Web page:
It’s summer, the season of travel and visits to theme parks, attractions and special events. Often, as a way to cherish the memories from these special visits, we head over to the gift shop to pick up a souvenir. Maybe a hat, t-shirt, water bottle, etc. While as a customer this may seem to be just a souvenir, for the venue, it is a way to engage further with the visitor – not to mention the opportunity to drive revenue!
Making a buzz this summer for Canada and the city of Toronto was the TORONTO 2015 Pan Am/Parapan Am Games. The games were host to more than 6,000 athletes, as well as thousands of visitors and spectators.
At first, it seemed that the much anticipated Pan Am Games would see low attendance with initial poor ticket sales, but the results revealed a different picture. Canadians did in fact come through in support of the Games as thousands of event goers showed up and witnessed Canada’s stellar performance on the podium. Unfortunately, the retail program didn’t have quite the same result.
No Medals for the Pan Am Retail Program
With six years to prepare, the retail program could have been a bit more exciting. There were some elements of the program that were done well, including two Superstores and a pop-up shop with tremendous visibility in Toronto’s Eaton Centre. Pachi, the games mascot, and a solid selection of merchandise was sold through multiple venues well in advance of the games to build momentum. The retail program also included an online store.
Here are a few snapshots of Pan Am’s retail program.
Pop-up Shop at Toronto Eaton Centre
Superstore at Nathan Phillips Square and Exhibition Place
In a city that is attracting world-class retail, with some of the most iconic brands opening stores this year, the Pan Am/Parapan Am retail program seemed to lack in excitement, creativity or a ‘wow’ factor – not to mention, sell LOTS of product – remember the iconic Olympic red mitts?
The stores were simple with pleasant staff but offered no sense of engagement with customers. And while there was a robust online offering, it was not integrated in any way to provide today’s standards for an omni-channel experience. Although there were two Superstores centrally located, many event venues had only small product offerings where kiosks and digital could have supported retail. Moreover, there was very little representation in local shops (with the exception of Pachi), and in some cases merchandise was poorly presented.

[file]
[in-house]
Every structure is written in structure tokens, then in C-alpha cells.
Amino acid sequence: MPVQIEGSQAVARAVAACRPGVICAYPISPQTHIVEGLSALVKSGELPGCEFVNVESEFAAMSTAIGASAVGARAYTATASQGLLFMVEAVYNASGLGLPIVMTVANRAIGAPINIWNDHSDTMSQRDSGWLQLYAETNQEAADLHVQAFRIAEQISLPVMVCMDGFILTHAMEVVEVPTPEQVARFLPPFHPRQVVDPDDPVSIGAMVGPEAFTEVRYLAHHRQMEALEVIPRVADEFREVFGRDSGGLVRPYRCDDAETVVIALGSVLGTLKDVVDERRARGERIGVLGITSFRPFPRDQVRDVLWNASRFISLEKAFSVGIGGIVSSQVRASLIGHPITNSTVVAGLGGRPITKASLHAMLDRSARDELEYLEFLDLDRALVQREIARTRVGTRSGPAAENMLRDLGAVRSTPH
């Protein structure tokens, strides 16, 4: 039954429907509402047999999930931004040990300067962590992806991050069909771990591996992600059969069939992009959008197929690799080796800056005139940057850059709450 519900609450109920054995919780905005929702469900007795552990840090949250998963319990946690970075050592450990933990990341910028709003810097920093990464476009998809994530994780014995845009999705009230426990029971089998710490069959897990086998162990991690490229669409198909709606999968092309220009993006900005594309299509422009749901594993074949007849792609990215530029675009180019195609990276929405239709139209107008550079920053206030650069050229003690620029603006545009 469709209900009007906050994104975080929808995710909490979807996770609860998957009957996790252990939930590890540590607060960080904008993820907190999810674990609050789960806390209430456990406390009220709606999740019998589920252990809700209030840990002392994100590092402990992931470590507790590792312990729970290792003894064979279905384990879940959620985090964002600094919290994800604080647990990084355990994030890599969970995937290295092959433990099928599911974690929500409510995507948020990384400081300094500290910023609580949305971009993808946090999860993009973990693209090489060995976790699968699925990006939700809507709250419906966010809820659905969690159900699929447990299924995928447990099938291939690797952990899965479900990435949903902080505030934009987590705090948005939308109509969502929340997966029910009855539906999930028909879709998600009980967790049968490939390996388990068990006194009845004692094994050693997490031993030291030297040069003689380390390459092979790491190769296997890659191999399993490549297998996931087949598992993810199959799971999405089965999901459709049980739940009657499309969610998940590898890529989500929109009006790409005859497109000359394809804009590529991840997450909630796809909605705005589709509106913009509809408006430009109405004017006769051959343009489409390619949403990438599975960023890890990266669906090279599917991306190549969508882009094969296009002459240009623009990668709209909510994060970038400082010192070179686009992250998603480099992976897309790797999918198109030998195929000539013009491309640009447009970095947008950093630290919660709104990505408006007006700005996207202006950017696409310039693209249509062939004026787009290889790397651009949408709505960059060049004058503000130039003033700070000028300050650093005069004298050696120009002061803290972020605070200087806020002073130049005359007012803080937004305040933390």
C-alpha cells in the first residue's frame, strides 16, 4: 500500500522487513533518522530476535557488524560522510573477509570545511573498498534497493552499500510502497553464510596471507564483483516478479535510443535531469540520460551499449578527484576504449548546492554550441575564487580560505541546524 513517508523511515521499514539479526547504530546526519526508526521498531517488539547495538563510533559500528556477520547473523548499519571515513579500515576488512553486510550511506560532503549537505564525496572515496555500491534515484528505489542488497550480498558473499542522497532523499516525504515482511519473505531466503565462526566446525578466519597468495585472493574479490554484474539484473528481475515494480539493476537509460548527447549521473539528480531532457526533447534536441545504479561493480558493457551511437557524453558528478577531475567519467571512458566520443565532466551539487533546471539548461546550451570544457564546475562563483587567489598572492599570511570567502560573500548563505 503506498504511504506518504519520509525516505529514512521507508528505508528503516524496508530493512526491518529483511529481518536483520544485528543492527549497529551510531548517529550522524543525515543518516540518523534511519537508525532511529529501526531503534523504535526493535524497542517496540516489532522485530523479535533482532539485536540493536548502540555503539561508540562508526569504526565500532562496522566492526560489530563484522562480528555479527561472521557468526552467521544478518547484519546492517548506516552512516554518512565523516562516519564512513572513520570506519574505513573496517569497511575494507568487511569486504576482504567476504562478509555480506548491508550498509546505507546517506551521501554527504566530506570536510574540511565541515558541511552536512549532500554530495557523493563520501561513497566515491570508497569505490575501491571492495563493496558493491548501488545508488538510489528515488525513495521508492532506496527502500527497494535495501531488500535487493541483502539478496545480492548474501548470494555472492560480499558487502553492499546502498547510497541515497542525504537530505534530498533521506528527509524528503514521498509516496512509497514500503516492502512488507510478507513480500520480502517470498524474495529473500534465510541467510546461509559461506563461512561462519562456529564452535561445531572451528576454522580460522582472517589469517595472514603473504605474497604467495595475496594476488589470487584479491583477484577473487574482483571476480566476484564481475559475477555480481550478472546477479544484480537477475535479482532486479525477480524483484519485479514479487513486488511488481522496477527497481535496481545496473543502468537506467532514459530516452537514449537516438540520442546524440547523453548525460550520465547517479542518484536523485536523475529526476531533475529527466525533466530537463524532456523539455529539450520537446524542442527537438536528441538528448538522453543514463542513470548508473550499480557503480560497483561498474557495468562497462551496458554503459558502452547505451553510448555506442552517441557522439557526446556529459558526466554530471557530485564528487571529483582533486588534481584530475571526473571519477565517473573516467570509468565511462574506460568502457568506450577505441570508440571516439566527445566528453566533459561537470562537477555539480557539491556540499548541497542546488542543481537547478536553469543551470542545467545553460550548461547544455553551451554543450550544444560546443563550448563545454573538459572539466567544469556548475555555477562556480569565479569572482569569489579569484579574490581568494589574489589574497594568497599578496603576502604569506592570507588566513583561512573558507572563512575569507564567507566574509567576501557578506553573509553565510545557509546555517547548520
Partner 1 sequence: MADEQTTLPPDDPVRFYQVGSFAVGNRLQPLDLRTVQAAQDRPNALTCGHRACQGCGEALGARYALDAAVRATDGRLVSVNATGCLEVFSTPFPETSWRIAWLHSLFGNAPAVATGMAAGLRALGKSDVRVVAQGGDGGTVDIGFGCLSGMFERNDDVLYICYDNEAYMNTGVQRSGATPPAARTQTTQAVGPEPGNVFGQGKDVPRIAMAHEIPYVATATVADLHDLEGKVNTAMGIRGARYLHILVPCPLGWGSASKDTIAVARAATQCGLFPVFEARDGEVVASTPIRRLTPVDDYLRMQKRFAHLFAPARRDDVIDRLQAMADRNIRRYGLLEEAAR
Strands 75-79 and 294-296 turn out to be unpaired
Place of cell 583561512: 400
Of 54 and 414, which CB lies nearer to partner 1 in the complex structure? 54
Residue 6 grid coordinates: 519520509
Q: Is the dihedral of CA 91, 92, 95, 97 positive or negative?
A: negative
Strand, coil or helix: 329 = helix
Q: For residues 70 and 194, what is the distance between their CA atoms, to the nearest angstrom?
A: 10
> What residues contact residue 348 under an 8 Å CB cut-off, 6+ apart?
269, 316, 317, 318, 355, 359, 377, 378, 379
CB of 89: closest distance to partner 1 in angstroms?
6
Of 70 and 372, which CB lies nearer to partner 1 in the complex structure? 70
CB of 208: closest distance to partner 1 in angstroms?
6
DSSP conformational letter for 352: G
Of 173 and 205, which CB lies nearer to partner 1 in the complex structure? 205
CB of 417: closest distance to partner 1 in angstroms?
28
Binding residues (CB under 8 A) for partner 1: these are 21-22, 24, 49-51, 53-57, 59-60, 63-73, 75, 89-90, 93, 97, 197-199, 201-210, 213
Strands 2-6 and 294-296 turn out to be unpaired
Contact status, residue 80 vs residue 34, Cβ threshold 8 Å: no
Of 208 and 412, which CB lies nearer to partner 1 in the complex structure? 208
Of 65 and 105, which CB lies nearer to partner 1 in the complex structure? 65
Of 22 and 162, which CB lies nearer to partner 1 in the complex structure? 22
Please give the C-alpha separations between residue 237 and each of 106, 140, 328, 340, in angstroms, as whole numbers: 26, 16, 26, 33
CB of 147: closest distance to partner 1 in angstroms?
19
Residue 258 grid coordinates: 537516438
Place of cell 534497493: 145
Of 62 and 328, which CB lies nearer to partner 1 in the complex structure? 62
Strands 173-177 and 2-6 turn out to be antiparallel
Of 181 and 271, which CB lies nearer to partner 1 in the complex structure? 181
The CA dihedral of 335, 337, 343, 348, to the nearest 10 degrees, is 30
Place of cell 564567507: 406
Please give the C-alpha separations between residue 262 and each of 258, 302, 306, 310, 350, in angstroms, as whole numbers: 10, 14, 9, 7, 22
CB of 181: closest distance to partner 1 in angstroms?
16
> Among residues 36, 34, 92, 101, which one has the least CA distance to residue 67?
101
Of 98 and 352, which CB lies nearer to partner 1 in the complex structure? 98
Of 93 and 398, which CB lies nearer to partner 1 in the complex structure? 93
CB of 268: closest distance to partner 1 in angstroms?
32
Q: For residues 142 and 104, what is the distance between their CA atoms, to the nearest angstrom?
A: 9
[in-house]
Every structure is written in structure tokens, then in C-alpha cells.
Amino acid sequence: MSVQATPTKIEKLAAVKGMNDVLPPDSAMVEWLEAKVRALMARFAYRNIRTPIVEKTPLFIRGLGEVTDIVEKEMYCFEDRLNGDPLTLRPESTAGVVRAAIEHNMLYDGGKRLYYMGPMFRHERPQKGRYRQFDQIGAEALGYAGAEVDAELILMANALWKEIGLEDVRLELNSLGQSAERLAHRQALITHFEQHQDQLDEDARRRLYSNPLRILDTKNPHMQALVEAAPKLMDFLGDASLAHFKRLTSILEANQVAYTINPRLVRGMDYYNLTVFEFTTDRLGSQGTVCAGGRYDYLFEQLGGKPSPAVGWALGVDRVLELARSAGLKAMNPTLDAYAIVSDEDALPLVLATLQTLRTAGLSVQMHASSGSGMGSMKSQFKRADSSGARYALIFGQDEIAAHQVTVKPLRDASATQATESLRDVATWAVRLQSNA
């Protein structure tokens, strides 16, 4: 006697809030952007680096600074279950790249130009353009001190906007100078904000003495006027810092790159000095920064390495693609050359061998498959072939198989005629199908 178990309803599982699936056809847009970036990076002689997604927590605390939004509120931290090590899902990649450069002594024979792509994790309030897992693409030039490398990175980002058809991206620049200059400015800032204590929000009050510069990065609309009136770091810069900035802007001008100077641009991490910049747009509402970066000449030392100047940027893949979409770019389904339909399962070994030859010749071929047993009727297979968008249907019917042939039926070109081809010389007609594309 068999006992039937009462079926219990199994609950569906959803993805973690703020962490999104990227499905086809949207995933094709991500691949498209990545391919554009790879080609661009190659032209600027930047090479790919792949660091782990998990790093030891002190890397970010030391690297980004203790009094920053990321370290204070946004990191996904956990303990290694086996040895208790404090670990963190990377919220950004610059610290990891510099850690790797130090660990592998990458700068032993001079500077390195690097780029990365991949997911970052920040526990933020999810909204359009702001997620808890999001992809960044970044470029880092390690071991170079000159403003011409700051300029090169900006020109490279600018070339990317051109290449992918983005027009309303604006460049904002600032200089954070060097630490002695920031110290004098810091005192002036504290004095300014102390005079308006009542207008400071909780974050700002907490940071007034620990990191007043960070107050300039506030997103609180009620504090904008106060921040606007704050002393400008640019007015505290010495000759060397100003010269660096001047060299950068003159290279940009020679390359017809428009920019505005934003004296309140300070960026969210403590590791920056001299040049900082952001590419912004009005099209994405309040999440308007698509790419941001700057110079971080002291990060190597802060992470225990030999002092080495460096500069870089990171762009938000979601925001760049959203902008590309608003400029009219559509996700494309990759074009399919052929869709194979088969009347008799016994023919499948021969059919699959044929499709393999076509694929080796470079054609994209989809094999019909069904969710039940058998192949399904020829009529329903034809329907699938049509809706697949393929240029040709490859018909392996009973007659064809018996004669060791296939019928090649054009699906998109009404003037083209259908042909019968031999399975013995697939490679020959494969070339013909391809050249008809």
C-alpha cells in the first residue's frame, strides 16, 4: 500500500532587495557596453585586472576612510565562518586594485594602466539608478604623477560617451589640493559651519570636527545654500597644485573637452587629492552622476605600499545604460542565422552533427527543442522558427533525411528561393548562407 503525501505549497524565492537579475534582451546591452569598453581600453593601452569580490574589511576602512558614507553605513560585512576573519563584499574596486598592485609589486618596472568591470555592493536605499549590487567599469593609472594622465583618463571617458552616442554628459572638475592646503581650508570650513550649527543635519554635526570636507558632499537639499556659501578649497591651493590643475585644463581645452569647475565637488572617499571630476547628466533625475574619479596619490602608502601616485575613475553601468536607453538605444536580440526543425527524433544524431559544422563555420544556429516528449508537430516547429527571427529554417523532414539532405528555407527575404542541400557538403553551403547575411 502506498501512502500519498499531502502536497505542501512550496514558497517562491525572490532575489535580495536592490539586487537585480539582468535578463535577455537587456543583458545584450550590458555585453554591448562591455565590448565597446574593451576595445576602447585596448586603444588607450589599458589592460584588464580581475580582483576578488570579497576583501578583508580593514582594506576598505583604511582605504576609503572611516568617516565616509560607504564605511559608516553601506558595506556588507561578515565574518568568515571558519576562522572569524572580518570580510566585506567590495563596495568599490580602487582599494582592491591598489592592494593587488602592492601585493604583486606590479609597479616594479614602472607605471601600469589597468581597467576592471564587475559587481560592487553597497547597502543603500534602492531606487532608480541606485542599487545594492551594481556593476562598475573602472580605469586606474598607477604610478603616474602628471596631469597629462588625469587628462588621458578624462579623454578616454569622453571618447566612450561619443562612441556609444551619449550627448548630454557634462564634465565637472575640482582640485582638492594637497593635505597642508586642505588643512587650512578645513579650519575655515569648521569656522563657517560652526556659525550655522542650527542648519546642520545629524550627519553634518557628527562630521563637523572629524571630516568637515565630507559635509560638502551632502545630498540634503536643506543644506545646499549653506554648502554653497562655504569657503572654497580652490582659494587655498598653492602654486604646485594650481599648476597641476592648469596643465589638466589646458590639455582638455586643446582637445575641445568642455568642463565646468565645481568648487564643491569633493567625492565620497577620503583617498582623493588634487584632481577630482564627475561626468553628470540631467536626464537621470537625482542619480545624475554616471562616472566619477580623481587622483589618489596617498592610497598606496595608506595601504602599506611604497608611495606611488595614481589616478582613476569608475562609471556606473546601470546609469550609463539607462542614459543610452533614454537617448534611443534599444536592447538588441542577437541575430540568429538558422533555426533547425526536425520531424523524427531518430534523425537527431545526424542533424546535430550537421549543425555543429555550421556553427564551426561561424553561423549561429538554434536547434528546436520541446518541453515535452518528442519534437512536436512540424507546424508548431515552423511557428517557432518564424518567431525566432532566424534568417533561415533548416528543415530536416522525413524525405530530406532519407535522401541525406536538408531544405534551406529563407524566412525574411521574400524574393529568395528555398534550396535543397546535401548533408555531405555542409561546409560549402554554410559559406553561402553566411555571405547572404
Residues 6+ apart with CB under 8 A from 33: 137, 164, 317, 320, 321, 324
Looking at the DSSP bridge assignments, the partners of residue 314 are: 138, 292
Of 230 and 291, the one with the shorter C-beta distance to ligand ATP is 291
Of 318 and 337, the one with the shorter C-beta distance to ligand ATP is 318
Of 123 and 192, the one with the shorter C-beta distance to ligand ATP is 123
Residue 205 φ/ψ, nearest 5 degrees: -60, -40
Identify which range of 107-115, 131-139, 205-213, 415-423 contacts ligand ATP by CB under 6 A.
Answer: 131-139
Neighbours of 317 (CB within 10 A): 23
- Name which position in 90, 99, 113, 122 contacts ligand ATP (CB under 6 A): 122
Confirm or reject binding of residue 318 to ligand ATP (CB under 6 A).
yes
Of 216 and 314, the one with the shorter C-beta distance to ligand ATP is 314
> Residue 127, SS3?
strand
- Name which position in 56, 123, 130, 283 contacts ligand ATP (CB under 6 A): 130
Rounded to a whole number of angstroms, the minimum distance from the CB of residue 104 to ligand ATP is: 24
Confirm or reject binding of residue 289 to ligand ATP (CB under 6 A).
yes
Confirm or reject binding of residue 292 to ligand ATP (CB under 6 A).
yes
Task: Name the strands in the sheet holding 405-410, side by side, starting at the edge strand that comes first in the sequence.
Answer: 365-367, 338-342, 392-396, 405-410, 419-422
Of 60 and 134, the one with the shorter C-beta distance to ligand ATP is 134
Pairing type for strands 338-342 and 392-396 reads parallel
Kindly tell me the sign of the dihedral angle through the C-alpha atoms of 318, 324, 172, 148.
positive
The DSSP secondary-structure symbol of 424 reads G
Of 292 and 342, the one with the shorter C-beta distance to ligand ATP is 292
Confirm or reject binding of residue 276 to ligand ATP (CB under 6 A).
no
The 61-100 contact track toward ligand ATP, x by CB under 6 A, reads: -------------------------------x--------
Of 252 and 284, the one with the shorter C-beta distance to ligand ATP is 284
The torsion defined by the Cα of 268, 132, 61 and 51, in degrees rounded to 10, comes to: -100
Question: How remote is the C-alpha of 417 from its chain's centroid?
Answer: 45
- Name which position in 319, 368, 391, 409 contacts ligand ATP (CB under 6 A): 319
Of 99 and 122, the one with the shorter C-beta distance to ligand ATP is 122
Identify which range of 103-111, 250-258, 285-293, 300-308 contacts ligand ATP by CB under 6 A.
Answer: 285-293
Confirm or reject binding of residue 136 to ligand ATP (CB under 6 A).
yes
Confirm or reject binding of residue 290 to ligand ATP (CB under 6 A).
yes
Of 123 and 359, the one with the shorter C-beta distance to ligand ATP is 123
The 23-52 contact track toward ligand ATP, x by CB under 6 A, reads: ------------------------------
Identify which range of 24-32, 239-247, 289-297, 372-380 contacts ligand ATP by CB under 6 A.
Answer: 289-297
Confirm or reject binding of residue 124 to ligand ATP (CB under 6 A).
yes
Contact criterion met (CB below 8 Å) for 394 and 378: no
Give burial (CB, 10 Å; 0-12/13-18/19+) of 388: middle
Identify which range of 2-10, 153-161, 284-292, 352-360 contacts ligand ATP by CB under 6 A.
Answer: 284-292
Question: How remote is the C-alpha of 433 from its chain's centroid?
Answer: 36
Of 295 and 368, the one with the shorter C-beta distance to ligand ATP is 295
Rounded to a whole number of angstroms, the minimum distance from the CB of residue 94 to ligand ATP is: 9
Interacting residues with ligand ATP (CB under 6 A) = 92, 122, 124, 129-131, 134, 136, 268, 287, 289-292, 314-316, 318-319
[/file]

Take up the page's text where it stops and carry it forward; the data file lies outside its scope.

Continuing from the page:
Retail is in the detail
Retail in venues, such as tourism, is an opportunity to keep the feeling of the event and brand alive well after the games – and not to mention create revenue. At the same time, it requires a fine balance of trying to provide a great assortment throughout the event while also not having an abundance of irrelevant inventory remaining after the crowds go home.
Whether a pop-up shop or long-lease store, retail is all about the detail and must include some of the key elements for outstanding retail today.
Here are a few tips for retail success at a special event:
- Make it entertaining and engaging – customers are at the event to participate and be engaged and this should include the retail program. Make it exciting and memorable.
- Make it social – engage and encourage customers to post themselves on social media wearing product. Utilize social media in ways to drive traffic to the retail program. Disney theme parks are the experts at this as they drive customers through the gift shops as they exit rides.
- Kid friendly – don’t forget the kids. Ensure that the experience includes fun stuff for the kids, not just the product.
- Don’t forget the impulse area –pick up items that are easy to carry are a great way to drive additional sales.
Written by: Lisa Hutcheson, Senior Advisor, Non-traditional and Campus Retail at J.C. Williams Group
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